The gastrointestinal (GI) tract is an interface between the body and the environment. The layer of cells that line the GI tract has many ways to regulate the movement of molecules and microbes between the intestine and the bloodstream. When these regulation methods become abnormal, increased intestinal permeability may occur.
Increased intestinal permeability, often referred to as “leaky gut,” is characterized by the diffusion of certain toxins from the GI tract to the bloodstream. It is often associated with an inflammatory response. Some studies have proposed that increased intestinal permeability may be related to certain factors, including age, and it may be a potential contributor to the risk associated with certain chronic intestinal disorders.
A recently published article of a randomized controlled crossover study named the MaPLE trial, authored by Peron and colleagues, assessed the effects of implementing a polyphenol-rich diet on the gut microbiome and intestinal permeability. The study involved participants 60 years of age or older living in a residential care facility who were fed a polyphenol-rich diet for 8 weeks. Selected participants were those affected by increased intestinal permeability. Participants consumed three daily portions of selected polyphenol-rich foods, including green tea, certain forms of dark chocolate, and fruits, such as berries, blood oranges, and pomegranates for a mean daily total polyphenol intake of 1,391 mg.
Theobromine is a polyphenol found in cocoa that was correlated in the MaPLE trial with significant changes in certain gut microbiota, including taxa associated with the production of short-chain fatty acids (SCFAs). The SCFAs play many roles in the human body and are used as fuel for both beneficial microbes and intestinal cells. SCFAs may influence intestinal cell health, cellular metabolism and signaling, and cardiovascular health.*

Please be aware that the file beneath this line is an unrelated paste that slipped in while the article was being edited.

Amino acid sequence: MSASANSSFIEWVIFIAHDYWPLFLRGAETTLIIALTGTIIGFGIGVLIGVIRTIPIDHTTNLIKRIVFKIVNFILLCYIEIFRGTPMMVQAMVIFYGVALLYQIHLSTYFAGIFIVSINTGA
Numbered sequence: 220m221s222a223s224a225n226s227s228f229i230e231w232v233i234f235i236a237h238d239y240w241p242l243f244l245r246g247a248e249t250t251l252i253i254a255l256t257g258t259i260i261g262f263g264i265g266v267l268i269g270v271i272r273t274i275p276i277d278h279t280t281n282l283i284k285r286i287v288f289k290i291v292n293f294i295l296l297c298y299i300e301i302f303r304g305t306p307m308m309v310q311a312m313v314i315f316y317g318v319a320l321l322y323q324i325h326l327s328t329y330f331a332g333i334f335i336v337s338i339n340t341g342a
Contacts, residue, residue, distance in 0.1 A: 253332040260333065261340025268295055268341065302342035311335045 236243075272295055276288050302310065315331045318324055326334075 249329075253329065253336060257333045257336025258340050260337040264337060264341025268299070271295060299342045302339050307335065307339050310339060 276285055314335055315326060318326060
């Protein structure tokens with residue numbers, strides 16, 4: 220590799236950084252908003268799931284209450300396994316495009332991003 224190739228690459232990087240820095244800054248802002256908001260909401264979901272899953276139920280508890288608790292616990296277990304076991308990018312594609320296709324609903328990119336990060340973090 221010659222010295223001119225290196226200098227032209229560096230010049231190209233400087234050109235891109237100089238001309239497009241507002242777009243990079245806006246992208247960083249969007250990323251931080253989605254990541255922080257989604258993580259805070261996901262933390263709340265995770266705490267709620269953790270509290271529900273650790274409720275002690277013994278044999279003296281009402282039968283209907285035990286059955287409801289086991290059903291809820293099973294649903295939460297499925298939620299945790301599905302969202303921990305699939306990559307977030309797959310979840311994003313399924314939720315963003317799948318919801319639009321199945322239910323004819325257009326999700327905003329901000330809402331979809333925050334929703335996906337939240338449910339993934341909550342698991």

Other conclusions from the MaPLE trial include statistically significant negative correlations between theobromine and potentially pathogenic microbes, including Methanobrevibacter, Desulfovibrio, and Enterobacteriaceae. Study results also indicate that the polyphenol-rich diet in the trial significantly lowered serum zonulin levels in a baseline-dependent manner. Zonulin is a protein found in the GI tract that has been associated with increased intestinal permeability. Changes in zonulin levels during consumption of the polyphenol-rich diet were also associated in the study with age.
The authors of the trial note that changes in lifestyle factors, such as diet, may be feasible to support health in the presence of increased intestinal permeability and its associated downstream effects. Certain fruits and vegetables provide compounds, such as dietary fibers and polyphenols, which may be supportive to GI health and the body’s response to increased intestinal permeability.
By Colleen Ambrose, ND, MAT